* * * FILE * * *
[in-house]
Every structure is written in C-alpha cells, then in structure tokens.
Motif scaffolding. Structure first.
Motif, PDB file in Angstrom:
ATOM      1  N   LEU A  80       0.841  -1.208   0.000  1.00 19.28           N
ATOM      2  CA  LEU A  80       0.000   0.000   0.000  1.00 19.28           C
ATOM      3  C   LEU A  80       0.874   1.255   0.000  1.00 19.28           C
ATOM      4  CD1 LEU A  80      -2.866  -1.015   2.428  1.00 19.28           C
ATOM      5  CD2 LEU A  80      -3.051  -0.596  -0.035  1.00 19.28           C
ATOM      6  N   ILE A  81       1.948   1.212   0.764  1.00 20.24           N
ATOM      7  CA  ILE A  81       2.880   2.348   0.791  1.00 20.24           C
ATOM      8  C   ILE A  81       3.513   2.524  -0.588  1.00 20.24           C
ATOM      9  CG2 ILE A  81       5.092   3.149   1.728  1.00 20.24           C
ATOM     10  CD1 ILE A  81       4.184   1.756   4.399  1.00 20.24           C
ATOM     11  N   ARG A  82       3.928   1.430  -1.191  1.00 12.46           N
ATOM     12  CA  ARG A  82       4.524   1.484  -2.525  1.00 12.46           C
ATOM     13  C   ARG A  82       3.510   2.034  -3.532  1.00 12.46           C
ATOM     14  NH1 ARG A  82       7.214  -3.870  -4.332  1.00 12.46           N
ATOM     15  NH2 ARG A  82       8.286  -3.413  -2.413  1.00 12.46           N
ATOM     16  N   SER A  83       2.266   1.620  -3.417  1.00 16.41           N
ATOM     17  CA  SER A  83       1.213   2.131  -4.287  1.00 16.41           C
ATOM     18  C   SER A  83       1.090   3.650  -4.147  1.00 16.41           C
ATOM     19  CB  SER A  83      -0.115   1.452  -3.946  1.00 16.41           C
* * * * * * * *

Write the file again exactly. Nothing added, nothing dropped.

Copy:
[in-house]
Every structure is written in C-alpha cells, then in structure tokens.
Motif scaffolding. Structure first.
Motif, PDB file in Angstrom:
ATOM      1  N   LEU A  80       0.841  -1.208   0.000  1.00 19.28           N
ATOM      2  CA  LEU A  80       0.000   0.000   0.000  1.00 19.28           C
ATOM      3  C   LEU A  80       0.874   1.255   0.000  1.00 19.28           C
ATOM      4  CD1 LEU A  80      -2.866  -1.015   2.428  1.00 19.28           C
ATOM      5  CD2 LEU A  80      -3.051  -0.596  -0.035  1.00 19.28           C
ATOM      6  N   ILE A  81       1.948   1.212   0.764  1.00 20.24           N
ATOM      7  CA  ILE A  81       2.880   2.348   0.791  1.00 20.24           C
ATOM      8  C   ILE A  81       3.513   2.524  -0.588  1.00 20.24           C
ATOM      9  CG2 ILE A  81       5.092   3.149   1.728  1.00 20.24           C
ATOM     10  CD1 ILE A  81       4.184   1.756   4.399  1.00 20.24           C
ATOM     11  N   ARG A  82       3.928   1.430  -1.191  1.00 12.46           N
ATOM     12  CA  ARG A  82       4.524   1.484  -2.525  1.00 12.46           C
ATOM     13  C   ARG A  82       3.510   2.034  -3.532  1.00 12.46           C
ATOM     14  NH1 ARG A  82       7.214  -3.870  -4.332  1.00 12.46           N
ATOM     15  NH2 ARG A  82       8.286  -3.413  -2.413  1.00 12.46           N
ATOM     16  N   SER A  83       2.266   1.620  -3.417  1.00 16.41           N
ATOM     17  CA  SER A  83       1.213   2.131  -4.287  1.00 16.41           C
ATOM     18  C   SER A  83       1.090   3.650  -4.147  1.00 16.41           C
ATOM     19  CB  SER A  83      -0.115   1.452  -3.946  1.00 16.41           C